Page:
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Smudging


Native Elders have taught that before a person can be healed or heal another, one must be cleansed of any bad feelings, negative thoughts, bad spirits or negative energy – cleansed both physically and spiritually. This helps the healing to come through in a clear way, without being distorted or sidetracked by negative “stuff” in either the healer or the recipient. The Elders say that all ceremonies, tribal or private, must be entered into with a good heart so that we can pray, sing, and walk in a sacred manner, and be helped by the spirits to enter the sacred realm.

Native people throughout the world use herbs to accomplish this. One common ceremony is to burn certain herbs, take the smoke in one’s hands and rub or brush it over the body. Today this is commonly called “smudging.” In Western North America the three plants most frequently used in smudging are sage, cedar, and sweetgrass (see Sacred Plants).

To do a smudging ceremony, burn the clippings of these herbs (dried), rub your hands in the smoke, and then gather the smoke and bring it into your body, or – rub it onto yourself; especially onto any area you feel needs spiritual healing. Keep praying all the while that the unseen powers of the plant will cleanse your spirit. Sometimes, one person will smudge another, or a group of people, using hands – or more often a feather – to lightly brush the smoke over the other person(s). We were taught to look for dark spots in a person’s spirit-body. As one California Indian woman told us, she “sees” a person’s spirit-body glowing around them, and where there are “dark or foggy parts,” she brushes the smoke into these “holes in their spirit-body.” This helps to heal the spirit and to “close up” these holes.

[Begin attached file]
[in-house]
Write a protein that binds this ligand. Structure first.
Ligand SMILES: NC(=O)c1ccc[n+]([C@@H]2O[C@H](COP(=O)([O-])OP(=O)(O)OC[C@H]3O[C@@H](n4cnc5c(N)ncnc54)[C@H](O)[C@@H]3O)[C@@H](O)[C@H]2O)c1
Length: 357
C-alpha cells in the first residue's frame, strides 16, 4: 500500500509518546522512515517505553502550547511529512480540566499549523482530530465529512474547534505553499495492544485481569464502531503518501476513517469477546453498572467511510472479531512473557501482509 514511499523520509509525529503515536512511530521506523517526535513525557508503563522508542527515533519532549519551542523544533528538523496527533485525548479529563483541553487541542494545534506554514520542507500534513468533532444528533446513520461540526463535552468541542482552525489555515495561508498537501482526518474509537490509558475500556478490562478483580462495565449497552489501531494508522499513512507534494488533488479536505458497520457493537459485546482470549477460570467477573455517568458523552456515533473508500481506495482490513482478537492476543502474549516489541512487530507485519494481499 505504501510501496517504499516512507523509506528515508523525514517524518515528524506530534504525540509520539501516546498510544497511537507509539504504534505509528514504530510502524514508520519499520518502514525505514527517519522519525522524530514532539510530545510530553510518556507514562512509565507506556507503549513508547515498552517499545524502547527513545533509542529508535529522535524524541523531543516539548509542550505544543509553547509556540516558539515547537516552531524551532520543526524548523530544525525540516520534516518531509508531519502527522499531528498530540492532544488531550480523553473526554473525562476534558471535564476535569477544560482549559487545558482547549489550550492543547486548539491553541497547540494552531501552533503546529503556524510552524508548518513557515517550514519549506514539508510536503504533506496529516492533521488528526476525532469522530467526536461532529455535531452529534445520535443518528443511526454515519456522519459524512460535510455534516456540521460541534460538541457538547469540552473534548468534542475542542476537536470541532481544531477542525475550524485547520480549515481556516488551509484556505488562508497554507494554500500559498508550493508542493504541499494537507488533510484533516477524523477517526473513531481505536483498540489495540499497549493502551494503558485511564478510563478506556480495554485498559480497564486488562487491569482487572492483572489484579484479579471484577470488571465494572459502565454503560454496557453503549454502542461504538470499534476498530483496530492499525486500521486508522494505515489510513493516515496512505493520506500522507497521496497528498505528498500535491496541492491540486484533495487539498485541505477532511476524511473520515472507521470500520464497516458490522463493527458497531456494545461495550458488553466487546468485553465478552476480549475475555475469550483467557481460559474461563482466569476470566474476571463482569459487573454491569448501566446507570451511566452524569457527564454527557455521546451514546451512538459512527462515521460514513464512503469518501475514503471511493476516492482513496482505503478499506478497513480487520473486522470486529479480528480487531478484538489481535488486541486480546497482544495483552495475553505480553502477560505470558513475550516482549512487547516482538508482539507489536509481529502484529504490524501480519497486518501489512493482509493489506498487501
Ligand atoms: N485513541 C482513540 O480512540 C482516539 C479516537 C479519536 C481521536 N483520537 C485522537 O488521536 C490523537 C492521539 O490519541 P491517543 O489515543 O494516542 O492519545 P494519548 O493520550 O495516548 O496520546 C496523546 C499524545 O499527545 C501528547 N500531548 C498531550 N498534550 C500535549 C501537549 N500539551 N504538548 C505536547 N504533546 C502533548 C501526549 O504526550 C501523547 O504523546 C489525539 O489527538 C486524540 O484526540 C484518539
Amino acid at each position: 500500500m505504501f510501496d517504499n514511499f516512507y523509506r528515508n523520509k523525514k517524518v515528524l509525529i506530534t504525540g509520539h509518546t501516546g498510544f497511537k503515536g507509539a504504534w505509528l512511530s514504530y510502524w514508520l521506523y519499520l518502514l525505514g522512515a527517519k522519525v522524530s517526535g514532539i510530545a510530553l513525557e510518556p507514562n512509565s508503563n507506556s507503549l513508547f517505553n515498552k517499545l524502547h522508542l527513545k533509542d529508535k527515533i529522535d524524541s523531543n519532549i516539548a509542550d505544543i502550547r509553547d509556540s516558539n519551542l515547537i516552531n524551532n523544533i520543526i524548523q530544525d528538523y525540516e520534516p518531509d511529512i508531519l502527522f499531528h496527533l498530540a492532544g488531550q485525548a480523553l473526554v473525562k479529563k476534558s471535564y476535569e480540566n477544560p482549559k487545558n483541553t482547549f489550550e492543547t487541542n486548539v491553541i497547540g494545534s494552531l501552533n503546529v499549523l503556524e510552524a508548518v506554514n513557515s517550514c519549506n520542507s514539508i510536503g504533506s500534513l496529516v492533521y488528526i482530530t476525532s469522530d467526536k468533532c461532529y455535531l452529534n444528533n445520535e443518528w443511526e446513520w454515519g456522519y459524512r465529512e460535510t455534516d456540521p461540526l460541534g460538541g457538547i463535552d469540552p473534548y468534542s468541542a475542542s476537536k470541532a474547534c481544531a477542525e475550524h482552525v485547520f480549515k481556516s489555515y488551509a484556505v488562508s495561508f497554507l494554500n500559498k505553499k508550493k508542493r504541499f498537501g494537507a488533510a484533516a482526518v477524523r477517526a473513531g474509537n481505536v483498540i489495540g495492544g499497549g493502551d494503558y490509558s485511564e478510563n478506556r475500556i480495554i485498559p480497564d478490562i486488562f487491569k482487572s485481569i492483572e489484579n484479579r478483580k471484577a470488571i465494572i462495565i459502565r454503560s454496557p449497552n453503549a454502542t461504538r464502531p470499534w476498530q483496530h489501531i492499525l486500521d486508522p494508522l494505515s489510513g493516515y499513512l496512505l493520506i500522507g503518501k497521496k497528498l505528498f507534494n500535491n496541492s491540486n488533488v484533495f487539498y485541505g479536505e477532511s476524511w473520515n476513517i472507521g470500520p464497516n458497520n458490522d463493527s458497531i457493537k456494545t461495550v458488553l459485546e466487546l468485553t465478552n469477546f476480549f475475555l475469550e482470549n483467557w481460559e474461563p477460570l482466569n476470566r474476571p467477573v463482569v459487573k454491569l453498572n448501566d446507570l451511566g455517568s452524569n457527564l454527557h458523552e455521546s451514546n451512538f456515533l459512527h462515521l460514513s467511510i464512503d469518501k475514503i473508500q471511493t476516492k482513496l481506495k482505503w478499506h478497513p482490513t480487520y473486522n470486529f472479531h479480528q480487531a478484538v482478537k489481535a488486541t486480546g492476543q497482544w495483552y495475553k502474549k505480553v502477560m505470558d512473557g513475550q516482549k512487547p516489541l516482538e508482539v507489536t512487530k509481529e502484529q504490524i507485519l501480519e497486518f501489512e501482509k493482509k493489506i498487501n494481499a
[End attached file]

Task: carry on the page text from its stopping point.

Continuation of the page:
It is very popular among many people is to use abalone shells in smudging. However, this is controversial. On the Pacific Northwest Coast, for example, some holy men have said that abalone shells represent Grandmother Ocean, and that they should be used in ceremonies with water, not burning. Instead clay or stone bowls may be used..

Smudging is a ceremony that must be done with care. It is a powerful experience entering into a relationship with the unseen powers of the Sacred Plants, and with the spirits of the ceremony. As with all good relationships, there has to be respect and honour if the relationship is to work.

… from http://www.asunam.com/smudge_ceremony.html


(To expand Smuding MindMap, please click on image).

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